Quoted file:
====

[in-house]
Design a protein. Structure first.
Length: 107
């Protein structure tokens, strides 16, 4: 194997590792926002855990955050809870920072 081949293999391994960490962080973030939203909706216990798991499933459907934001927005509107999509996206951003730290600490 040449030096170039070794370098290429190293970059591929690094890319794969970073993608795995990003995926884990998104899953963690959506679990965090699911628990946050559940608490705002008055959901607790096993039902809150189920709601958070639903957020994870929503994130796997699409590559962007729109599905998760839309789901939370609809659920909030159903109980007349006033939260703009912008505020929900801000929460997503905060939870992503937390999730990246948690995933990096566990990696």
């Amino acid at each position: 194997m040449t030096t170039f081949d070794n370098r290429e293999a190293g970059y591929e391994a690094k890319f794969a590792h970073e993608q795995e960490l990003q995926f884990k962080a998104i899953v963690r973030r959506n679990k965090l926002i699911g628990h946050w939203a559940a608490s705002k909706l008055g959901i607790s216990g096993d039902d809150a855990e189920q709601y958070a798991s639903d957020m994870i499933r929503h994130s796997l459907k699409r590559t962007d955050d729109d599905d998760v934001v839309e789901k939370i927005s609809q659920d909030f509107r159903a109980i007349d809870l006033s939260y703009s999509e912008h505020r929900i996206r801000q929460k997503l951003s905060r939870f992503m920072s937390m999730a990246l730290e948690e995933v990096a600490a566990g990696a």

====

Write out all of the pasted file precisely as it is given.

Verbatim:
[in-house]
Design a protein. Structure first.
Length: 107
């Protein structure tokens, strides 16, 4: 194997590792926002855990955050809870920072 081949293999391994960490962080973030939203909706216990798991499933459907934001927005509107999509996206951003730290600490 040449030096170039070794370098290429190293970059591929690094890319794969970073993608795995990003995926884990998104899953963690959506679990965090699911628990946050559940608490705002008055959901607790096993039902809150189920709601958070639903957020994870929503994130796997699409590559962007729109599905998760839309789901939370609809659920909030159903109980007349006033939260703009912008505020929900801000929460997503905060939870992503937390999730990246948690995933990096566990990696």
């Amino acid at each position: 194997m040449t030096t170039f081949d070794n370098r290429e293999a190293g970059y591929e391994a690094k890319f794969a590792h970073e993608q795995e960490l990003q995926f884990k962080a998104i899953v963690r973030r959506n679990k965090l926002i699911g628990h946050w939203a559940a608490s705002k909706l008055g959901i607790s216990g096993d039902d809150a855990e189920q709601y958070a798991s639903d957020m994870i499933r929503h994130s796997l459907k699409r590559t962007d955050d729109d599905d998760v934001v839309e789901k939370i927005s609809q659920d909030f509107r159903a109980i007349d809870l006033s939260y703009s999509e912008h505020r929900i996206r801000q929460k997503l951003s905060r939870f992503m920072s937390m999730a990246l730290e948690e995933v990096a600490a566990g990696a």